One question that comes to mind: Is it possible that countries where personal consumption accounts for a relatively small share of GDP (e.g. China) are able to grow more “darkly” than countries where personal consumption plays a larger role (e.g. the US)? The idea being that factories might give off less light per capita at night than, say, driving to a restaurant or staying up late watching Netflix in a brightly lit house. (I have absolutely no idea whether this is the case.) Likewise for economies where the services sector plays a greater role (think of all those computer screens and florescent-lit offices). Looking at the paper, it appears the author has already accounted for just those possibilities, and that the autocracy bias is still strong even when controlling for differences in economic structure.

Of course, it’s not exactly surprising that China manipulates economic data rather liberally; this is a country where the official population figure could be off by 90 million.

Pointless jobs

A savage deconstruction of the treadmill of pointlessness that constitutes “work” for a large percentage of people:

Everyone is familiar with the sort of jobs that don’t seem, to the outsider, really to do much of anything: HR consultants, communications coordinators, PR researchers, financial strategists, corporate lawyers or the sort of people who spend their time staffing committees that discuss the problem of unnecessary committees.

Some would argue that lots of media, entertainment, academic and government jobs could be added to that list. Uncharitably, one might even throw in the entire advertising, marketing and PR industries.

What if these jobs really are useless, and those who hold them are actually aware of it? Could there be anything more demoralising than having to wake up in the morning five out of seven days of one’s adult life to perform a task that one believes does not need to be performed, is simply a waste of time or resources, or even makes the world worse? […]

What is a bullshit job?

The defining feature is this: one so completely pointless that even the person who has to perform it every day cannot convince themselves there’s a good reason for them to be doing it. They may not be able to admit this to their co-workers – often, there are very good reasons not to do so – but they are convinced the job is pointless nonetheless.

Bullshit jobs are not just jobs that are useless; typically, there has to be some degree of pretence and fraud involved as well. The employee must feel obliged to pretend that there is, in fact, a good reason their job exists, even if, privately, they find such claims ridiculous.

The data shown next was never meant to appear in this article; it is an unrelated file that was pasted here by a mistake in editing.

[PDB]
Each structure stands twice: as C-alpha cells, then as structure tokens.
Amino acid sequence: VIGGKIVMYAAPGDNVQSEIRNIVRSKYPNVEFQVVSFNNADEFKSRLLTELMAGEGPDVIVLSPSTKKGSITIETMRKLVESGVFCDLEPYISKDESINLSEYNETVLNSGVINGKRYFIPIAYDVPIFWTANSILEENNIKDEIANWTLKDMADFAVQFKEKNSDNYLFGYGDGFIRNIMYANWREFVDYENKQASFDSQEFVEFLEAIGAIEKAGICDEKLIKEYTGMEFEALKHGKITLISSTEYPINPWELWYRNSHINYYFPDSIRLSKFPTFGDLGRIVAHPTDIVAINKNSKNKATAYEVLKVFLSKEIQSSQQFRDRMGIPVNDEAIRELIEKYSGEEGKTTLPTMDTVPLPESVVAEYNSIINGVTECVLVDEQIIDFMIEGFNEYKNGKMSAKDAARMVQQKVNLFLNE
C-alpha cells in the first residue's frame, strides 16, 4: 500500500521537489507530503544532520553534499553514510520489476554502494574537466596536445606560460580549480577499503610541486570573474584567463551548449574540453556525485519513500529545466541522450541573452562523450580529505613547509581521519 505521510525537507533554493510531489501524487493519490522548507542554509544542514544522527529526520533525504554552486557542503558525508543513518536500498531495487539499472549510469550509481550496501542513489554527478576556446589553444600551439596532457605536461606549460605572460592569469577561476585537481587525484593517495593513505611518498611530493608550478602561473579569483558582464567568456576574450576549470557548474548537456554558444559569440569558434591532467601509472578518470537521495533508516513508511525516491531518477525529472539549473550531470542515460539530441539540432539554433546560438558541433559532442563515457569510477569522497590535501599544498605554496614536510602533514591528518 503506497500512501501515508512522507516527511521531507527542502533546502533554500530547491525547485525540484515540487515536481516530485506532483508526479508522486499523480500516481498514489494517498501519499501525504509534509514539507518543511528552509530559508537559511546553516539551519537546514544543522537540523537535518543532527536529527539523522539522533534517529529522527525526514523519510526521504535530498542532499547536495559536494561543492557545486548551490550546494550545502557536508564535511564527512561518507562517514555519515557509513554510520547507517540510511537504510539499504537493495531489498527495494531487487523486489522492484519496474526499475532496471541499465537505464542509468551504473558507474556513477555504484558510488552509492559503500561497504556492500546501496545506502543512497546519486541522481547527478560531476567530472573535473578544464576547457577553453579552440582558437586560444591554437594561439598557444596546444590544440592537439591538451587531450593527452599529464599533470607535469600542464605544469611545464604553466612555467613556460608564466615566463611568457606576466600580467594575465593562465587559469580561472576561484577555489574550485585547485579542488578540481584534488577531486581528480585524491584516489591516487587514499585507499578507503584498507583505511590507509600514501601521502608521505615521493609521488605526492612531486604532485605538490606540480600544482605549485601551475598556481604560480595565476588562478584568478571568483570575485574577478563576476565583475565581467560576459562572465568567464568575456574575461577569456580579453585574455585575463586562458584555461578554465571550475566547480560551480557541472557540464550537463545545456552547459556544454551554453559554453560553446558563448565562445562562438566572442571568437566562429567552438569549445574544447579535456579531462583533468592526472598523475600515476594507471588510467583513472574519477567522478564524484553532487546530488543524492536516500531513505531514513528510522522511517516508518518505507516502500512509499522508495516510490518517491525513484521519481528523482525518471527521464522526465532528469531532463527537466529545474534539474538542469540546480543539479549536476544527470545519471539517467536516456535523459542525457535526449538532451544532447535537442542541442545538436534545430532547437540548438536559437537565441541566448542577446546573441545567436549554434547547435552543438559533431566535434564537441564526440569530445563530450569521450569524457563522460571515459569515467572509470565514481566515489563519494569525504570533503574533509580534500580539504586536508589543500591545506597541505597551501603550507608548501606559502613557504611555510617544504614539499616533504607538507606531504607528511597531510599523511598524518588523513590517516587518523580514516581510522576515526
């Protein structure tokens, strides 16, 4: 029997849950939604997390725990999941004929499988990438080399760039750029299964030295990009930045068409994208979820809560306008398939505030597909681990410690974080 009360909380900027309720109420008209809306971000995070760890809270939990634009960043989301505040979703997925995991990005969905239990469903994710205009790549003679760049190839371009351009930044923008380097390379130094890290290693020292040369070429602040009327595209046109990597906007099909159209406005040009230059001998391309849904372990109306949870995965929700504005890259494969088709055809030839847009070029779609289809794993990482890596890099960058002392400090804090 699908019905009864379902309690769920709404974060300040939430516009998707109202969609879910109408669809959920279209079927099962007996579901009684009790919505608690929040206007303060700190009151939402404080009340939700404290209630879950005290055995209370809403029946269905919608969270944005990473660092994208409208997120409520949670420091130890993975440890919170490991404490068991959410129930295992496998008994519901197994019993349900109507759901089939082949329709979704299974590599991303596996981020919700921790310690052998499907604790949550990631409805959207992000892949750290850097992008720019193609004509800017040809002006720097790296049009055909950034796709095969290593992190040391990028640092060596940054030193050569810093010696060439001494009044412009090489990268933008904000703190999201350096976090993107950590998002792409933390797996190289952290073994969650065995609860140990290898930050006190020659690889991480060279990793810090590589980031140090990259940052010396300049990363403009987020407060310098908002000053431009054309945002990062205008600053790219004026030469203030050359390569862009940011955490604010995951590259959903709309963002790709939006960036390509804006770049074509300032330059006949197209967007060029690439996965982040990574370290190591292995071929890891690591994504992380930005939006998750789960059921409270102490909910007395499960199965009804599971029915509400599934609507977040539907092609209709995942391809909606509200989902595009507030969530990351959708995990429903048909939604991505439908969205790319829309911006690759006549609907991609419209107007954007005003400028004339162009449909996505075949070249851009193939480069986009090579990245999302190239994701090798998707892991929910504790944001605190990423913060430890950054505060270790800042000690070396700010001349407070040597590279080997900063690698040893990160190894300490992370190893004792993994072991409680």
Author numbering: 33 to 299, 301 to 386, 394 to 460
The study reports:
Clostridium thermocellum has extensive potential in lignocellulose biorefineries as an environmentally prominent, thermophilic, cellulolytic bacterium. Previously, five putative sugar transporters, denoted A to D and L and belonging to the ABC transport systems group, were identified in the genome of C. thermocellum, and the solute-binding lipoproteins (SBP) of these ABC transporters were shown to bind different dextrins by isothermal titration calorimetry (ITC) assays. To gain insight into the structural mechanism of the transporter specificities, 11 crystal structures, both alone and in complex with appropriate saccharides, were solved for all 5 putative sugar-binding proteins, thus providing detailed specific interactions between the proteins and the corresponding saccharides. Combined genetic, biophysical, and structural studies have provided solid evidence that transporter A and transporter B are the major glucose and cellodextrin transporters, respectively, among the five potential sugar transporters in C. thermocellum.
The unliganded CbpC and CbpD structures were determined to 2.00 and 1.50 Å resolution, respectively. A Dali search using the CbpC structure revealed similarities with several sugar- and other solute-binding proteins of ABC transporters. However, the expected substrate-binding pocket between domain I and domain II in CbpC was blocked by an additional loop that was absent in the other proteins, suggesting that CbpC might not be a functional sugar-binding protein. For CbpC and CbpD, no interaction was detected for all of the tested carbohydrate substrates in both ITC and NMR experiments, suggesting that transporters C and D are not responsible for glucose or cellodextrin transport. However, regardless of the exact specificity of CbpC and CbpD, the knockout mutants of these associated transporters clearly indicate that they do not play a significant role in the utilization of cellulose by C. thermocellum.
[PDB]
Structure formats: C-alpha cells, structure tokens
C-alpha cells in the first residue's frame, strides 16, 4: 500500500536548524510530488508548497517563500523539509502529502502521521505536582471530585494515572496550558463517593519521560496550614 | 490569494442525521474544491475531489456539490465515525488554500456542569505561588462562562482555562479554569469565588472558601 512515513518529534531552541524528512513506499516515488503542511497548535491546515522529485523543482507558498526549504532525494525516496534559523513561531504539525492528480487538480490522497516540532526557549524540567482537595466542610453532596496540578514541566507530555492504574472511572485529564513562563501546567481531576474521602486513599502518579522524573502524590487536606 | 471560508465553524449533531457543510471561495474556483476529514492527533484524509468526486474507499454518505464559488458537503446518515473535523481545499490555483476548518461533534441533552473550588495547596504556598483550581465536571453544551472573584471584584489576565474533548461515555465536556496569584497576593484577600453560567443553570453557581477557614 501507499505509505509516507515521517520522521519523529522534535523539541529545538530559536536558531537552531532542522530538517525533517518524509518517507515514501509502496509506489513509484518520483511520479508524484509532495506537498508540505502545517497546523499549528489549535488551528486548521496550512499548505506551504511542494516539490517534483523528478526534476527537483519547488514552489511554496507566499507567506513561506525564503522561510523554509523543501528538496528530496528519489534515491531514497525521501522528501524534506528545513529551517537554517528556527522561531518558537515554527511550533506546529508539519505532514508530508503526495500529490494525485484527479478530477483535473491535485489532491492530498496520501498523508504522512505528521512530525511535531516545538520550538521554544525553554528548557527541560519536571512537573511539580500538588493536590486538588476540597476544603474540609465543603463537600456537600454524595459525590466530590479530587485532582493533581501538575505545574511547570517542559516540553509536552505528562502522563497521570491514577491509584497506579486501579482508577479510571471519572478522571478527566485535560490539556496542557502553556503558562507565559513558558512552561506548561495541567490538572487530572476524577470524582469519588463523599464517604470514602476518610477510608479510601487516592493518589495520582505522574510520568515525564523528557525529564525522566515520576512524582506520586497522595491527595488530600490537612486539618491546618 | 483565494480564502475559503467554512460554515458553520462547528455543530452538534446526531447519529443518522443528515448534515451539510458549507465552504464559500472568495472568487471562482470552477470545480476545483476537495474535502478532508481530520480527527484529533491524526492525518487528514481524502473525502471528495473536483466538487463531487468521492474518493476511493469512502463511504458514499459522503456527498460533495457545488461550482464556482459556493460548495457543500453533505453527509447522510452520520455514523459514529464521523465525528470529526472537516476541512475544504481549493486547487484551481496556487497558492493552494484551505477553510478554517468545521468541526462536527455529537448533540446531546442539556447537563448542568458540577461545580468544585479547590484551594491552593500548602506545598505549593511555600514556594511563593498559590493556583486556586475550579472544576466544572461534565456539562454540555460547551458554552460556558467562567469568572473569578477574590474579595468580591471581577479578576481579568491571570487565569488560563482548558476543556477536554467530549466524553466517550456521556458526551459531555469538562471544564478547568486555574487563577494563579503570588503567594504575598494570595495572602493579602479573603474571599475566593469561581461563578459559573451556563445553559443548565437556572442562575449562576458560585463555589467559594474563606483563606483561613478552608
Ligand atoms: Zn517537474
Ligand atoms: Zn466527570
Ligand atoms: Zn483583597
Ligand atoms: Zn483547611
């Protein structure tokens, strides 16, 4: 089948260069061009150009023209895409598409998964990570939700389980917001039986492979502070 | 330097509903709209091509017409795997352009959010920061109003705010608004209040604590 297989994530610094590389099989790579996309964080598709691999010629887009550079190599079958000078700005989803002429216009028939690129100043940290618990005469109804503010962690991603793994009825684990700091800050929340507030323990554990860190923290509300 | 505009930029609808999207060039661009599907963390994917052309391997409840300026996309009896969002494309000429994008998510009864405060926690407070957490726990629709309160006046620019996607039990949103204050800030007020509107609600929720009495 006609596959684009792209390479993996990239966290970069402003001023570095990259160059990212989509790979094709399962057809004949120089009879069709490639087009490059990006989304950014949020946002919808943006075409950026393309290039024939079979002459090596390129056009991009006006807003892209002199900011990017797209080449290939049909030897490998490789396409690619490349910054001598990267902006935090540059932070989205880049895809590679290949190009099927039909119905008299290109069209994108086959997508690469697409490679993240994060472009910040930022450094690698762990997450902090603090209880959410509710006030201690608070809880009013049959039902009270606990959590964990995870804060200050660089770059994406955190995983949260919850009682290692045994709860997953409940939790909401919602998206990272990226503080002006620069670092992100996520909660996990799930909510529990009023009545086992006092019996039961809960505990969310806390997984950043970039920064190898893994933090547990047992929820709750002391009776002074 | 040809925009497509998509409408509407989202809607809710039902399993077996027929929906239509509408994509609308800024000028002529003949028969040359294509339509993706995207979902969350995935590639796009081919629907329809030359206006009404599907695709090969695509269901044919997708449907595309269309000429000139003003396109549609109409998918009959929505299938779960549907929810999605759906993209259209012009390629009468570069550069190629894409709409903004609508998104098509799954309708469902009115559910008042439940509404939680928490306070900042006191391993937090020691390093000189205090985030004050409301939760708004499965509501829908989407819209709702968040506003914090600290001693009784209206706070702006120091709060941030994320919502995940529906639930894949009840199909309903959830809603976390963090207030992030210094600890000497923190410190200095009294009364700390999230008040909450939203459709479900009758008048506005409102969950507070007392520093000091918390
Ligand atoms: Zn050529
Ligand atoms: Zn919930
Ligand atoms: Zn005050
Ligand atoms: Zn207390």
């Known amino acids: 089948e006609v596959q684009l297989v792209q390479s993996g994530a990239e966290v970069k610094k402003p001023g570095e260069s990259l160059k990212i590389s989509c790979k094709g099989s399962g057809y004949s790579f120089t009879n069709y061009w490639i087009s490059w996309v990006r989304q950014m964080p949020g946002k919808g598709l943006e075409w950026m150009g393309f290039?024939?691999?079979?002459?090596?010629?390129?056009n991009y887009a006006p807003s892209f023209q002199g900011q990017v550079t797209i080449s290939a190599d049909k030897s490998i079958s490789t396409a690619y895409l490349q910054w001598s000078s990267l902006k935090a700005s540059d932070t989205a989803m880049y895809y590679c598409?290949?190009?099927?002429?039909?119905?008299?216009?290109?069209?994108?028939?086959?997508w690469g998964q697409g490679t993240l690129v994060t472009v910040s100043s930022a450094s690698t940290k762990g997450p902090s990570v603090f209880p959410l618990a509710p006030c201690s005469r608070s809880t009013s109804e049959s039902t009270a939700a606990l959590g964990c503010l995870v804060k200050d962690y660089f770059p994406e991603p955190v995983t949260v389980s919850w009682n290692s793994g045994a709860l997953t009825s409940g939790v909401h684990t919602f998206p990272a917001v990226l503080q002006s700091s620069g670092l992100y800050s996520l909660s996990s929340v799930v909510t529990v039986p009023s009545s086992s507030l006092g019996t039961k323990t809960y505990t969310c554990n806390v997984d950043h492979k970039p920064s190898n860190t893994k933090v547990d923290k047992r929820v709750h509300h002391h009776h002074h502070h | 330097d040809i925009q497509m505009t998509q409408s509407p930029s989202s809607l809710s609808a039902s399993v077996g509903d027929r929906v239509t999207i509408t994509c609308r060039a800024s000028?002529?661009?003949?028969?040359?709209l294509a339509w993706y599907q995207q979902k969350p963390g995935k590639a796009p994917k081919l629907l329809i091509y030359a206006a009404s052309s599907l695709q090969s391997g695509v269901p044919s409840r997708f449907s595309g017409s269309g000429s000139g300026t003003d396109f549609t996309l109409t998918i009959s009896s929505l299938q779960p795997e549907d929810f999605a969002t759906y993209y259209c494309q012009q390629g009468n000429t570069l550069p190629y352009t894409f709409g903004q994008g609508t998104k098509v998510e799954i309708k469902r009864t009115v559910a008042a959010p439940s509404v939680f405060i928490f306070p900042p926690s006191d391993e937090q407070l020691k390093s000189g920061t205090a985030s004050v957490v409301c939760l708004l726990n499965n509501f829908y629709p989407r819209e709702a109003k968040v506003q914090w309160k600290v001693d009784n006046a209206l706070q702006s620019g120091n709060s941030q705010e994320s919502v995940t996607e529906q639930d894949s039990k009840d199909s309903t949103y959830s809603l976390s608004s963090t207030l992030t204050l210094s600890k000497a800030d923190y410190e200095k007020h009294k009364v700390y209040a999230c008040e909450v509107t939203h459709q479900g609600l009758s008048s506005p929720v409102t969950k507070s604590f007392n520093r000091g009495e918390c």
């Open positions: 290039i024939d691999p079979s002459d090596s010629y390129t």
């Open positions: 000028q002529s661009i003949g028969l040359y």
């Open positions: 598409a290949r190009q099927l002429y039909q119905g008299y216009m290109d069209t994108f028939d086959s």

The element of pretense and fraud is a key point. The habitual dishonesty required to maintain the illusion that a pointless job actually serves a purpose may be the most psychologically destructive aspect of the Treadmill of Pointlessness.

An earlier piece by the same author is even more incisive:

In the year 1930, John Maynard Keynes predicted that technology would have advanced sufficiently by century’s end that countries like Great Britain or the United States would achieve a 15-hour work week. There’s every reason to believe he was right. In technological terms, we are quite capable of this. And yet it didn’t happen. Instead, technology has been marshaled, if anything, to figure out ways to make us all work more. In order to achieve this, jobs have had to be created that are, effectively, pointless. Huge swathes of people, in Europe and North America in particular, spend their entire working lives performing tasks they secretly believe do not really need to be performed. The moral and spiritual damage that comes from this situation is profound. It is a scar across our collective soul. Yet virtually no one talks about it. […]

But rather than allowing a massive reduction of working hours to free the world’s population to pursue their own projects, pleasures, visions, and ideas, we have seen the ballooning not even so much of the “service” sector as of the administrative sector, up to and including the creation of whole new industries like financial services or telemarketing, or the unprecedented expansion of sectors like corporate law, academic and health administration, human resources, and public relations. And these numbers do not even reflect on all those people whose job is to provide administrative, technical, or security support for these industries, or for that matter the whole host of ancillary industries (dog-washers, all-night pizza deliverymen) that only exist because everyone else is spending so much of their time working in all the other ones.

These are what I propose to call “bullshit jobs.”

Exactly. But how do we rein in the “administrative sector” without destroying the modern economy and throwing many tens of millions of people out of work?

Buckle up

US Trade Representative Robert Lighthizer

The tariffs cometh:

U.S. Trade Representative Robert Lighthizer said Wednesday the administration would likely be unveiling tariffs against China soon, but cautioned that the precise details are still subject to change.

“The president is going to make a decision in the very near future,” Lighthizer told the House Ways and Means Committee. “Our view is that we have a very serious problem of losing our intellectual property, which is really the single biggest advantage of the American economy. … We are losing that to China in ways that is not reflective of the underlying economics.” […]